Johan Julius Christian Sibelius was a composer and violinist, who was born on the 8th December 1865 in Hämeenlinna, Finland to a Swedish family. It is said that he was the greatest composer to emerge from Finland of the late romantic/early modern eras.
Heavily in debt, his father sadly died in July 1868 of typhoid. Consequently, he and his family moved in with his maternal grandmother who lived nearby. His aunt Julia gave him piano lessons from the age of 7, but she was very strict and often hit his hand when he played wrong notes. He began to improvise on his own and learnt to read music. His main male influence came from his uncle, who happened to have an interest in the violin and music in general. When Sibelius was age 10, his uncle gave him a violin and encouraged him musically. He much preferred the violin over the piano, often playing in trios and quartets with family and around the neighbourhood.
An early composition of his was Suite in D Minor for piano and violin. In 1881, the local bandmaster started giving him violin lessons. This deepened his love of the violin and his ambition was to have a career as an accomplished violinist. He did become very successful, but he decided that he wanted to focus and dedicate himself to becoming a composer.
His first language was Swedish, but he attended a Finnish-speaking preparatory school and in 1876, continued in this way, being admitted to the Hämeenlinna Normal Lyceum. After having to repeat a year, he passed his exams and graduated from school in 1885 and enrolled at Imperial Alexander University in Finland, studying law. It was at this point that he decided to change his first name from Johan to Jean, inspired from a deceased uncle of his. Thus, he became known as Jean Sibelius. However, he much preferred music, enough to move his studies to the Helsinki Music Institute as it was then known. He studied there until 1889. It was here that he received formal composition lessons.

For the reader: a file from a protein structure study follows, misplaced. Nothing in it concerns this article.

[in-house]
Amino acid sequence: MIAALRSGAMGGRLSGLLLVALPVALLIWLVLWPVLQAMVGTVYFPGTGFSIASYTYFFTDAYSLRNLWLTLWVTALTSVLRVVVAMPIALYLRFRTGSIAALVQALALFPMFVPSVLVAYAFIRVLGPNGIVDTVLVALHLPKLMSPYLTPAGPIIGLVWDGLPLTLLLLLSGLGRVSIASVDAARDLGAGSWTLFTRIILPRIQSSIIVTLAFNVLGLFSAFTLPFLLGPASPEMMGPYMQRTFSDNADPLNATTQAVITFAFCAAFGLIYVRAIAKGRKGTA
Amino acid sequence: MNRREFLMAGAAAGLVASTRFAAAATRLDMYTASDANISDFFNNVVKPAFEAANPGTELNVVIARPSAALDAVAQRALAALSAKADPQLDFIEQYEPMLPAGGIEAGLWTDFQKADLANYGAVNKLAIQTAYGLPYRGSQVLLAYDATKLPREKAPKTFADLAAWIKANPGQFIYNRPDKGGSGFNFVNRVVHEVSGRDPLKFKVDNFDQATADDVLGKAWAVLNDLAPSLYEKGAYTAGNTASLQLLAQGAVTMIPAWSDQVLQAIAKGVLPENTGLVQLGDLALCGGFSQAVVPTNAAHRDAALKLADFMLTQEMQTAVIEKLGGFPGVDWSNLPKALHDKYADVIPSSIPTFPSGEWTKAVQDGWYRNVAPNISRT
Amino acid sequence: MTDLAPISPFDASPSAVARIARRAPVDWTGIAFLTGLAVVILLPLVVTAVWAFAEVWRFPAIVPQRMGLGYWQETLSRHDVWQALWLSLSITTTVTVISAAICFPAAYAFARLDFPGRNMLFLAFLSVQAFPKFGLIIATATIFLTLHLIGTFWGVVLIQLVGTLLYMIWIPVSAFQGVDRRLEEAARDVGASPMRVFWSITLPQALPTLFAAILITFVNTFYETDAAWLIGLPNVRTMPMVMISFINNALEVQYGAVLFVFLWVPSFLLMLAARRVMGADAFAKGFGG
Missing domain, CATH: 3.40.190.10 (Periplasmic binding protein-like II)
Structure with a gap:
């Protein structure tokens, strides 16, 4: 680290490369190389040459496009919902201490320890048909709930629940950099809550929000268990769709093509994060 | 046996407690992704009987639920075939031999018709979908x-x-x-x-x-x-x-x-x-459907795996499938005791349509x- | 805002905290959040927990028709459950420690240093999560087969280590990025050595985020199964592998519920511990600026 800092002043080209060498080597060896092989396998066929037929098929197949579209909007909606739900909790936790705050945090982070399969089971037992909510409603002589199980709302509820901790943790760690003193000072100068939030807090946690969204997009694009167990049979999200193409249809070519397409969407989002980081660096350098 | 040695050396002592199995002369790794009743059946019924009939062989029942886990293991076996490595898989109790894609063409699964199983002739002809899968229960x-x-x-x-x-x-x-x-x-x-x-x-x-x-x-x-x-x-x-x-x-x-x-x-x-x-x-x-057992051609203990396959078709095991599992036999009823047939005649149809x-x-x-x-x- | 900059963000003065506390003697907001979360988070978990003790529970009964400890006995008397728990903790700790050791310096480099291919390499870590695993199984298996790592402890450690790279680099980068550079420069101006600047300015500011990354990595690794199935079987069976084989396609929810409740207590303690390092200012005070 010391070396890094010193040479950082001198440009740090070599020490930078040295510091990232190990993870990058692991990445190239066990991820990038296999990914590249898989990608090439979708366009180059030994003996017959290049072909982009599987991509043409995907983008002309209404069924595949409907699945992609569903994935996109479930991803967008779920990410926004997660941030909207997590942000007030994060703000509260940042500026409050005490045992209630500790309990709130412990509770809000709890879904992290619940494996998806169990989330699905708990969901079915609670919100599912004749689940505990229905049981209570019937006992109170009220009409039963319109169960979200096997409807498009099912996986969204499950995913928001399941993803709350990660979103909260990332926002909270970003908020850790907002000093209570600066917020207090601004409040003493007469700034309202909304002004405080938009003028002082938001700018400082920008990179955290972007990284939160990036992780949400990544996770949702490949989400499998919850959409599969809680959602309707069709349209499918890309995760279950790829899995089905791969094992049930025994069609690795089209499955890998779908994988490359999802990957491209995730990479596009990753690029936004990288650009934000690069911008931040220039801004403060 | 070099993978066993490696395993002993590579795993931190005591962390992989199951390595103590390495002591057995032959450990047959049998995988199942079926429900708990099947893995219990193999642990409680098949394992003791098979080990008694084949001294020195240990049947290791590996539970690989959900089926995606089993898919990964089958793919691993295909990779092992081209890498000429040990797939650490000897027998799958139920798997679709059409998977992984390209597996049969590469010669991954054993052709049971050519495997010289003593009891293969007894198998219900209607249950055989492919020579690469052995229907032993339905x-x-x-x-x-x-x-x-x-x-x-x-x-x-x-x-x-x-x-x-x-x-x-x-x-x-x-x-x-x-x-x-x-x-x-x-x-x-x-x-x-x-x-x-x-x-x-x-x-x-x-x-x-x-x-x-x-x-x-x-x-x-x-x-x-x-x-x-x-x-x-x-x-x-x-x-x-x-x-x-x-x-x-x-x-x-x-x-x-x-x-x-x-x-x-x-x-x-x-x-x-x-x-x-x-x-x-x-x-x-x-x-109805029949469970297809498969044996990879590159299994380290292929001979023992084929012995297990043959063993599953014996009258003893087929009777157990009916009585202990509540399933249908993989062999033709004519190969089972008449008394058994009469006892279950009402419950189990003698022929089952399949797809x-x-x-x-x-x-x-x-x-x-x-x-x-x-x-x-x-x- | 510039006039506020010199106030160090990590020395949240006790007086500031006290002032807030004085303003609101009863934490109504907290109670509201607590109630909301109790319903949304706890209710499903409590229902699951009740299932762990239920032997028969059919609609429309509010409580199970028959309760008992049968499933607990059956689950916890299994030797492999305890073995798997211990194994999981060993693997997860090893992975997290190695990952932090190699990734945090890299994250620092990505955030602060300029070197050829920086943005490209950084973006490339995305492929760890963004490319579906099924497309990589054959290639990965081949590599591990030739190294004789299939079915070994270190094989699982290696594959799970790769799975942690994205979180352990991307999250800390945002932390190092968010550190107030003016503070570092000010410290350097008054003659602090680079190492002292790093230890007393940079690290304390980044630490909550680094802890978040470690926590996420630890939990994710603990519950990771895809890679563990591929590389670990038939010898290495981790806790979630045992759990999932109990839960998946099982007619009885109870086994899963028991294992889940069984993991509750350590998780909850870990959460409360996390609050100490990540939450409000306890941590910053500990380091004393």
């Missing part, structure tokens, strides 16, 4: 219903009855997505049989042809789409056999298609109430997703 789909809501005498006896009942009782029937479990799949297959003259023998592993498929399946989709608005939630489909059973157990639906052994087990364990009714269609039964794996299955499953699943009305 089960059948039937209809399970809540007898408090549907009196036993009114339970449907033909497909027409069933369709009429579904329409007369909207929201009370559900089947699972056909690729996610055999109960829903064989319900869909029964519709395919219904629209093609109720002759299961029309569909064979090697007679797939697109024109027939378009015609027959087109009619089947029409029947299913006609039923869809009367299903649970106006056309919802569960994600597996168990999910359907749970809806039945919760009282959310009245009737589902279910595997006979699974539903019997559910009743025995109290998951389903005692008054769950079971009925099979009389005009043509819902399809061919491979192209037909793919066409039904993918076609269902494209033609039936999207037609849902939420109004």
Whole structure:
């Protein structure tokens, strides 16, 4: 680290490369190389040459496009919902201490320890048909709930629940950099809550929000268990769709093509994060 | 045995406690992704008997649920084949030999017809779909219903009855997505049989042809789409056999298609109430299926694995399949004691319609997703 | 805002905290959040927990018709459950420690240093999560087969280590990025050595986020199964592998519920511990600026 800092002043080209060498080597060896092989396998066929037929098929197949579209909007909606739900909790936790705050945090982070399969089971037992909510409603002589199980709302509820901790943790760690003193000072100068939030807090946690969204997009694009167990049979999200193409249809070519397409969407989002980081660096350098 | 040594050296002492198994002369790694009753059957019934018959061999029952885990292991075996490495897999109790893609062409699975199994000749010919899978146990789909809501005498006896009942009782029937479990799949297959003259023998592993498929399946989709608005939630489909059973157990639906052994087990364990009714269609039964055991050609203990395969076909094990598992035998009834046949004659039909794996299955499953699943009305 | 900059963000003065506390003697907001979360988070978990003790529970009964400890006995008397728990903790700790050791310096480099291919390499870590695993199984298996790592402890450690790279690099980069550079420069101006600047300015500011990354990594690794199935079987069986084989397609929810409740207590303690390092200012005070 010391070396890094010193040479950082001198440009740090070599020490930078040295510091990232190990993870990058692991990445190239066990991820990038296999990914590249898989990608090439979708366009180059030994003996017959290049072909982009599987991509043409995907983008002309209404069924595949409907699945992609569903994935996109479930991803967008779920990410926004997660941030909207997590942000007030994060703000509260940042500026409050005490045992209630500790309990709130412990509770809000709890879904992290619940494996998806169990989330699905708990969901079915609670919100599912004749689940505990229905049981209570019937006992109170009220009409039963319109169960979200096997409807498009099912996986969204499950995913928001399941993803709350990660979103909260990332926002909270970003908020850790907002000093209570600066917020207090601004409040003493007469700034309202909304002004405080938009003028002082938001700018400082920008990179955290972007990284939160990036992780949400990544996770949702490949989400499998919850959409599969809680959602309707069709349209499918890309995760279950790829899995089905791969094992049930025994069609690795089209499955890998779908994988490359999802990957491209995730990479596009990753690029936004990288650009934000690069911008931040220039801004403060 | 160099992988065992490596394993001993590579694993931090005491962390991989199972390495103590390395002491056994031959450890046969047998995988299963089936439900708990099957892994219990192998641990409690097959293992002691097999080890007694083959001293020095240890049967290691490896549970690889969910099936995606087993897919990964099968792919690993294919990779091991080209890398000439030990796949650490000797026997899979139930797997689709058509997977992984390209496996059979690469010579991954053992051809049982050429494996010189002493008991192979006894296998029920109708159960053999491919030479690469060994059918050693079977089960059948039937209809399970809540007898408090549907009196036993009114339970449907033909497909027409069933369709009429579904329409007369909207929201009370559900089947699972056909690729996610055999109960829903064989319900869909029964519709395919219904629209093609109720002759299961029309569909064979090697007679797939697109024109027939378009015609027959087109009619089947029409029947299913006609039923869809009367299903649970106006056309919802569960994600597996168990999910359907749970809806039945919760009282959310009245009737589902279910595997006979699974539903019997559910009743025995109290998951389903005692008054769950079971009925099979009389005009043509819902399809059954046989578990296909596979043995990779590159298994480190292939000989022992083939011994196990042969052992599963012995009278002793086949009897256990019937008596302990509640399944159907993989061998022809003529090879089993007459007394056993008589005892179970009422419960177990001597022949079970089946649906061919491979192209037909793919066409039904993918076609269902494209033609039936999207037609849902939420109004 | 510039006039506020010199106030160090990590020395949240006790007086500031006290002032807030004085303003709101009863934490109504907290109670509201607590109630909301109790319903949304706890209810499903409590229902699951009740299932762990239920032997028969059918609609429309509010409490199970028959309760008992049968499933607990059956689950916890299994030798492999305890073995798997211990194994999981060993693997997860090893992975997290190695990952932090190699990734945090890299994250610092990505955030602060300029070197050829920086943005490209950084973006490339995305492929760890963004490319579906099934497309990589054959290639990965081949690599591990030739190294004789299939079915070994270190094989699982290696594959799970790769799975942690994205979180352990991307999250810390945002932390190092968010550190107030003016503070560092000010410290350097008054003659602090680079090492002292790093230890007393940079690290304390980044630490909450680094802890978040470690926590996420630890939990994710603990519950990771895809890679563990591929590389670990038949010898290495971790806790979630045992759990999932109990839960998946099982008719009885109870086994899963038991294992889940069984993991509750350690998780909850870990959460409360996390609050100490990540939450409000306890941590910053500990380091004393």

Between 1889 and 1890, he studied in Berlin and then in Vienna from 1890 to 1891. He experienced operas and concerts and enjoyed the live music, including from the Berlin Philharmonic Orchestra. He became interested in the works of composers Bruckner, Wagner and Beethoven. He also started to compose for orchestra at this time. He then returned to Helsinki in 1888, to further his music studies. He went to live with a friend from the Institute. He met and fell in love with 17 year old Aino Järnefelt. They married 4 years later on the 10th June in Maxmo. He conducted his overture and continued working on several other pieces, notably Kullervo, which premiered on the 28th April 1892. A year later, another piece of his Karelia was premiered, although the second performance was more successful than the first. He also began writing an opera around his time.
To support himself, Sibelius took on teaching assignments at a local conducting school and at the Institute itself. However, he did not have enough time for composing. 1898 saw his fortunes change when he won an annual grant for a substantial amount. This allowed him to finish many pieces, including in 1899, his first symphony, still at only the age of 33. It was premiered by the Helsinki Philharmonic Orchestra on the 26th April 1899 and was conducted by Sibelius himself. It was very well received.
An important composition that Sibelius wrote at this time was Finlandia. It was in response to a protest about censorship from the Russian Empire. Within this piece is the Finlandia Hymn more popularly known as the Christian hymn Be Still My Soul, which was arranged for brass band in 2006 by James McFadyen.
From 1900, he spent a lot of time travelling, including spending a year in Italy and also around the UK, Scandinavia, the United States and Germany. Tragedy struck in the early part of this year though, when their youngest daughter sadly died. A year later while in Italy, he started writing his second symphony. This was premiered in 1902 on the 8th March and was very successful. In 1903, they moved into their home, that they had had built and which they named Ainola, (which means ‘Aino’s Place’) and was situated by Lake Tuusula. Here they raised 6 daughters. He continued to compose.